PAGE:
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Breatharianism 101: Can You Really Have A Lifestyle ‘Without Food’

Of all the new and trendy diets it can be hard to keep up. There’s Meat-free, Plant-based, Gluten-free, vegan, Vegetarian, Pescatarian, Flexitarian, Flegan, Flexitarian, Juice diet, Raw, the list just seems to grow anytime you try to name them all. One diet that’s been around for a little while but is perhaps, the most niche, is Breatharianism. To put it simply Breatharianism is this: a lifestyle lived by a group of people who claim they do not need food to survive and therefore usually do not eat.

What Is Breatharianism?:

Founded by Jasmuheen, an Australian singer born Ellen Greve, Breatharianism is described as being the practice of sustaining life off of “pranic nourishment”. Prana is another work for “chi”, known as the life force that throughs through everything, according to eastern beliefs. Breatharians believe this can sustain human life and thus are able to live a food-free lifestyle. Instead of gathering energy from food and water, as most human beings do, Breatharians take a more plant-like approach. They aim to get their energy from nature. Without an appetite for solid foods, many people practice the Breatharian diet along with extreme fasting and breath work (i.e. breathing exercises).

People who’ve adapted this lifestyle have their own, varying approaches. Many breatharians endure extreme fasts starting at a few days to a month, some even fast for three months and beyond. Some Breatharians eat a piece of fruit from time to time or consume vegetable broth, smoothies or teas. They will do so for various reasons. Some eat just for the experience of “tasting something”, others do it in social settings.

Different results come from living this Breatharian lifestyle. As with many unique diets, some followers claim to be loving it. They boast of weight loss, mental clarity, emotion balance, higher credit scores, etc. However, there have been some not so pleasant side effects for some. In 2012, a total of five deaths were directly linked to Breatharianism. Meaning that people attempting the lifestyle died from it. These individuals often perish from lack of nutrients and dehydration. Breatharian founder, Jasmuheen, even experienced a few complications when attempting a public fast as proof of breatharianism’s legitimacy in 1998. The leader was found to be stressed, dehydrated, and suffering from high blood pressure after just two days. When questioned about her inability to complete the fast, she said it was due to “polluted air” and was rushed to a retreat area. Despite the relocation, Jasmuheen still struggled with her fast. She lost weight and even struggled to speak. She claimed she was fine although visibly she was not . Ultimately, the experiment was cancelled. Years later after some followers of Breatharianism died, she issued this statement.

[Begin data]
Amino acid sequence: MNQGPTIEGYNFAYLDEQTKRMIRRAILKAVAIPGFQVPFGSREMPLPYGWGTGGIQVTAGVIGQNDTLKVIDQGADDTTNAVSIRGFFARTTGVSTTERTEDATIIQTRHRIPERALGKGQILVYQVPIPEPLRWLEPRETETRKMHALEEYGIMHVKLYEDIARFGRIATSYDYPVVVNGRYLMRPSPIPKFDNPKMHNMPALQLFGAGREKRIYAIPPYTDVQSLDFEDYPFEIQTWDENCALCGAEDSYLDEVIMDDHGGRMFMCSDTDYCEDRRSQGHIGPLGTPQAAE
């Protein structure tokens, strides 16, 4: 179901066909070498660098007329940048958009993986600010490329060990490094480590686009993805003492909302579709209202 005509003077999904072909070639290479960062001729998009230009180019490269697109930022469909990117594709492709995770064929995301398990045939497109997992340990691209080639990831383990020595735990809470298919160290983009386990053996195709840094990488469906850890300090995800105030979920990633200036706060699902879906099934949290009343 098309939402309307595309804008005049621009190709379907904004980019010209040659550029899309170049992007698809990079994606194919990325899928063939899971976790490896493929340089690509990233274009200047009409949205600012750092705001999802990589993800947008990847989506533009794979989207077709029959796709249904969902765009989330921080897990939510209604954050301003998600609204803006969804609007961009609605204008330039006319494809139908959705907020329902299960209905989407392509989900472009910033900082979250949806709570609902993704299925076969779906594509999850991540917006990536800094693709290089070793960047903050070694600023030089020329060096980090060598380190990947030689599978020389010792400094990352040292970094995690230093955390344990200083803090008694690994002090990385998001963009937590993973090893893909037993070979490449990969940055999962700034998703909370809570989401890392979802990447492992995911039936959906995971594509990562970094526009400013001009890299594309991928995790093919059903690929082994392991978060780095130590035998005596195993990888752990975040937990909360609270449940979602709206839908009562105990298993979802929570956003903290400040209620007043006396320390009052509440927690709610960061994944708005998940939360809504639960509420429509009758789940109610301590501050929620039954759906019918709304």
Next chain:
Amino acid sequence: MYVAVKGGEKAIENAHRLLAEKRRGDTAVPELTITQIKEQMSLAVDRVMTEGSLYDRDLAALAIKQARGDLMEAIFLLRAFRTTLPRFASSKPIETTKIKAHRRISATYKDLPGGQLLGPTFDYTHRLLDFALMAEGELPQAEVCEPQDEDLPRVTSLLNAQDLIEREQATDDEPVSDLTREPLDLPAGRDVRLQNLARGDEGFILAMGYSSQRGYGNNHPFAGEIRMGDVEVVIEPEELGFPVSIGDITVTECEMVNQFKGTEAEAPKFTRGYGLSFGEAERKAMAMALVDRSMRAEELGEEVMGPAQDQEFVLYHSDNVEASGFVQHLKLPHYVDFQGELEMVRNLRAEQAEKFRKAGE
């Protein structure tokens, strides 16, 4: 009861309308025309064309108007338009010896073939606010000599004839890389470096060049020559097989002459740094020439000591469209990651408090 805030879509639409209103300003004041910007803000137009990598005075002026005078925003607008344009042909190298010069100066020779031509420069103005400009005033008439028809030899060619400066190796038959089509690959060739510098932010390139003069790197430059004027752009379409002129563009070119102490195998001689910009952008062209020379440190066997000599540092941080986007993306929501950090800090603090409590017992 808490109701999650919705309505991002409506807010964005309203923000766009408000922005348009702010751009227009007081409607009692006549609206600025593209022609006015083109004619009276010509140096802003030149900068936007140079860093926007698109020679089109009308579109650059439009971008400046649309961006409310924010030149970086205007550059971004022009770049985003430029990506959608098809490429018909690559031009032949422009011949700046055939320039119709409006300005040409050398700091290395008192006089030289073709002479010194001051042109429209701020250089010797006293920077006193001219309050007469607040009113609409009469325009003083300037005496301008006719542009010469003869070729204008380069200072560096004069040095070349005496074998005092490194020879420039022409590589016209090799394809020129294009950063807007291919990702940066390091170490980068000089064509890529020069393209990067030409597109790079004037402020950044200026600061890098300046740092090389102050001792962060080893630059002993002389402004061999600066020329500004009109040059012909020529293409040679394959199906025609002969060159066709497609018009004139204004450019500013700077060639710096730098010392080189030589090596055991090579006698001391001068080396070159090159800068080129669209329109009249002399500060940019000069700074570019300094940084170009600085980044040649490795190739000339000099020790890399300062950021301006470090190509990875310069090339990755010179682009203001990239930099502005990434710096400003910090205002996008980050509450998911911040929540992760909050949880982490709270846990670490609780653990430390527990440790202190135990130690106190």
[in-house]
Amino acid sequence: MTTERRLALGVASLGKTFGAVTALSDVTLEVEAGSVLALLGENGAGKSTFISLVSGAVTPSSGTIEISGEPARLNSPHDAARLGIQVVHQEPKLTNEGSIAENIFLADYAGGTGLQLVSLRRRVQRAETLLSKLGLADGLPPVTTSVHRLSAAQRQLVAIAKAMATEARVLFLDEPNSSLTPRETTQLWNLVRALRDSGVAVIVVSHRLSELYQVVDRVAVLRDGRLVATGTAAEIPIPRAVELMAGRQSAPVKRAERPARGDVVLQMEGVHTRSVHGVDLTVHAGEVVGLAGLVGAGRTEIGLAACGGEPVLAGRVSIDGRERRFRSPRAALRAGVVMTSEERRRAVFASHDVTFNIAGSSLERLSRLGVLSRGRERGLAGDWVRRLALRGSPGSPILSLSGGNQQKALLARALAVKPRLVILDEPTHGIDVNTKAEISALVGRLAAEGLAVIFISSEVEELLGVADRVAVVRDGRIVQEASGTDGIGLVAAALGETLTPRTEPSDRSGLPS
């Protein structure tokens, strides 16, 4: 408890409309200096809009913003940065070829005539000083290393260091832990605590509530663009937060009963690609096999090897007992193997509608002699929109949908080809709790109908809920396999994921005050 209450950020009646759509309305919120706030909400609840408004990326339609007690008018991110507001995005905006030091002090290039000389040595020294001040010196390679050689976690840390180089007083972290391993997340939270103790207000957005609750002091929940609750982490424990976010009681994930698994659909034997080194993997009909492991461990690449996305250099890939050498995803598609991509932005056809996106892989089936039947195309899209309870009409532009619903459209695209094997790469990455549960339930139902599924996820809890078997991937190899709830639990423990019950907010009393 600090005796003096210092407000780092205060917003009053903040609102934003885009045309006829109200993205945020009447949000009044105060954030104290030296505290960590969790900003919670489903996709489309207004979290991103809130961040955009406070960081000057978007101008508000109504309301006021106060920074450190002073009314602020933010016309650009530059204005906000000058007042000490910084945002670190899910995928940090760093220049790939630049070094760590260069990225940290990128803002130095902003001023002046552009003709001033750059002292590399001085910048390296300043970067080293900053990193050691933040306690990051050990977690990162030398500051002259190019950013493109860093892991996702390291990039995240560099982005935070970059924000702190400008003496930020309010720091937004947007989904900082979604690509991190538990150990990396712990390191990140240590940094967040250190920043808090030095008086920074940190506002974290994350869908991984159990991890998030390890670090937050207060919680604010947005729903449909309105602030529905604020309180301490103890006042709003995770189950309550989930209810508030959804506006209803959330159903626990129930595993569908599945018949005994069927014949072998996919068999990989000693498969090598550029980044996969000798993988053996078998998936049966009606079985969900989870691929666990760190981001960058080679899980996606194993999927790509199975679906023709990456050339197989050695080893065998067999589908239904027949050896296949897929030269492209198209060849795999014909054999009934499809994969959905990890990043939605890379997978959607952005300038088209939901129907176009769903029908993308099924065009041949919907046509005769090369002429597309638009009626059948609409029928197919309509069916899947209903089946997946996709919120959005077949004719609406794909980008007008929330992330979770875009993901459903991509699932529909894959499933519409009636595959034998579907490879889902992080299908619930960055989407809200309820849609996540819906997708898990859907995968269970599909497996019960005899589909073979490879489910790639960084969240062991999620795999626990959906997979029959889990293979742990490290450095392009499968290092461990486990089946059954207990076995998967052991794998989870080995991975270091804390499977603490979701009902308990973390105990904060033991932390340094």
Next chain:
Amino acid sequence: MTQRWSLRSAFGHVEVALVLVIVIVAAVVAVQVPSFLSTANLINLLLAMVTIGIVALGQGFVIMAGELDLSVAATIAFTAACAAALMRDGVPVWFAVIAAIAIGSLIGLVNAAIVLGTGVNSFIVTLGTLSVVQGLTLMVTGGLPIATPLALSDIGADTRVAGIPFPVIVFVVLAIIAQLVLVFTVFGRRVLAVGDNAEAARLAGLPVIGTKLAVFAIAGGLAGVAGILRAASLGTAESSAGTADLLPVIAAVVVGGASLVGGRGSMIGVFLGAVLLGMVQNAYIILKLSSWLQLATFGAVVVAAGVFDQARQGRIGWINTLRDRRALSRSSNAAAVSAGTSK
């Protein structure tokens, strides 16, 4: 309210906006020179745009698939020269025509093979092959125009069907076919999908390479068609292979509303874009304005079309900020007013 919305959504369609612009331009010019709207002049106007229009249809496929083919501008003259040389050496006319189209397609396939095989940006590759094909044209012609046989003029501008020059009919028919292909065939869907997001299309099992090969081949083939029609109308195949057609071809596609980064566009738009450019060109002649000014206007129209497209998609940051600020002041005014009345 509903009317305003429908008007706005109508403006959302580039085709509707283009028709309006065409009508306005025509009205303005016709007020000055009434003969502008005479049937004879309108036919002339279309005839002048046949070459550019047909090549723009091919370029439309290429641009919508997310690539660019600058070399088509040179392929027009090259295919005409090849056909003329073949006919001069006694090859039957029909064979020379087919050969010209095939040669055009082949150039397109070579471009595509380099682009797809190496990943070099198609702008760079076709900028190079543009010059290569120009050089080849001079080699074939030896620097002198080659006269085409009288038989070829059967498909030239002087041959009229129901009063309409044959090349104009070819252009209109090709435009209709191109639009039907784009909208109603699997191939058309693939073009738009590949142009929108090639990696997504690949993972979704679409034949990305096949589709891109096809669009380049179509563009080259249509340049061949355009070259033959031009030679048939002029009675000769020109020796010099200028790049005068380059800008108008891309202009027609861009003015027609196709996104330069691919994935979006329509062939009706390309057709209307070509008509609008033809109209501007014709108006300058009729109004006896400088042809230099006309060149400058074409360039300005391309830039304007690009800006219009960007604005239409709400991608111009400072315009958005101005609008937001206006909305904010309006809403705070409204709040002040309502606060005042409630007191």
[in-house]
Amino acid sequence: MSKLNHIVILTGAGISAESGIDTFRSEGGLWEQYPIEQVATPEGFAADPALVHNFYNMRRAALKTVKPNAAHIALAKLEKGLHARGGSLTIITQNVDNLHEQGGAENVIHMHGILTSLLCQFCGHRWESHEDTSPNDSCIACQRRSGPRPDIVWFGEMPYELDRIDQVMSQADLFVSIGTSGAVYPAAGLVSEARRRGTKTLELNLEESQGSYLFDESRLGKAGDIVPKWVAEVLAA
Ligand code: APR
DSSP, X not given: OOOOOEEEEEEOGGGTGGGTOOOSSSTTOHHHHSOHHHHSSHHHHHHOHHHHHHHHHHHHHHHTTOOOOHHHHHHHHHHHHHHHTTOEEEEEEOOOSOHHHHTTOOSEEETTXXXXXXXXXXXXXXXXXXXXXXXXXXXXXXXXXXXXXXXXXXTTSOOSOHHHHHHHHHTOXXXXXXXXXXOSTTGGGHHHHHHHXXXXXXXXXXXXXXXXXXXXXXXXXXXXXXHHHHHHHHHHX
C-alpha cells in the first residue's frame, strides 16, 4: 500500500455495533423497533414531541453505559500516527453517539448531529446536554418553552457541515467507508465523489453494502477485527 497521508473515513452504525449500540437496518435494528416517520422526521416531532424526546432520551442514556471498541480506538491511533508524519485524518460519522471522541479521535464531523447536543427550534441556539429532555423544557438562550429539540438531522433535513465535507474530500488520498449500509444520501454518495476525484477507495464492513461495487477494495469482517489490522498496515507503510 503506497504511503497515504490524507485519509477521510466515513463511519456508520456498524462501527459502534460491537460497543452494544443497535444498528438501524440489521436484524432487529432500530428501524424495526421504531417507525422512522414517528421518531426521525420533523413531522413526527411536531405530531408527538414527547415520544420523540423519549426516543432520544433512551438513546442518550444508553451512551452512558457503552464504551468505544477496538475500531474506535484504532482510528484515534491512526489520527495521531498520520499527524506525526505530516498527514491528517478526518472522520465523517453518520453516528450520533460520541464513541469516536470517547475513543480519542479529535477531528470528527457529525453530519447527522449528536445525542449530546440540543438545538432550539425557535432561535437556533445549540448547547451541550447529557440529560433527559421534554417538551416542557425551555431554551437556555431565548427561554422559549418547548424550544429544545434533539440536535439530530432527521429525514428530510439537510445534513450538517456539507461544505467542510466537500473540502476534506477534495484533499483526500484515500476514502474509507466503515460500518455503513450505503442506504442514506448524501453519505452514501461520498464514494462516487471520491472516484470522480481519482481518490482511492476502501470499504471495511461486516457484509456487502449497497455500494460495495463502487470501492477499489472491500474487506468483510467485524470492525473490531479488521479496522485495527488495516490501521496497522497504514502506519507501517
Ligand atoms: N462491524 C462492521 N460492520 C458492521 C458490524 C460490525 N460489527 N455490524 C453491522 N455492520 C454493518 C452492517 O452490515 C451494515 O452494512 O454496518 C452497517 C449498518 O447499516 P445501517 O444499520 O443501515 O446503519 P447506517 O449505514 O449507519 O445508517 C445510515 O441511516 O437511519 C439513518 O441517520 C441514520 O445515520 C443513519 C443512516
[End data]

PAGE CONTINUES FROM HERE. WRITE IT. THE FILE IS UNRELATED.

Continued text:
“If you haven’t found the light that will nourish you, you may have the intention to become a breatharian, but in fact you may be putting yourself through food deprivation. There is one known case where a person died when trying to become a breatharian.

What Does Science Say About Breatharianism?:

For the most part the scientific community considers Breatharianism to be a complete and total pseudoscience. Jasmuheen was even given an award f or the best pseudoscience for this. Needless to say, there is not proof that breathing offers any nutrients. This is why the scientific community cannot back Breatharianism. That and the fact that it’s pretty much just obnoxiously named starvation.

What do you think?

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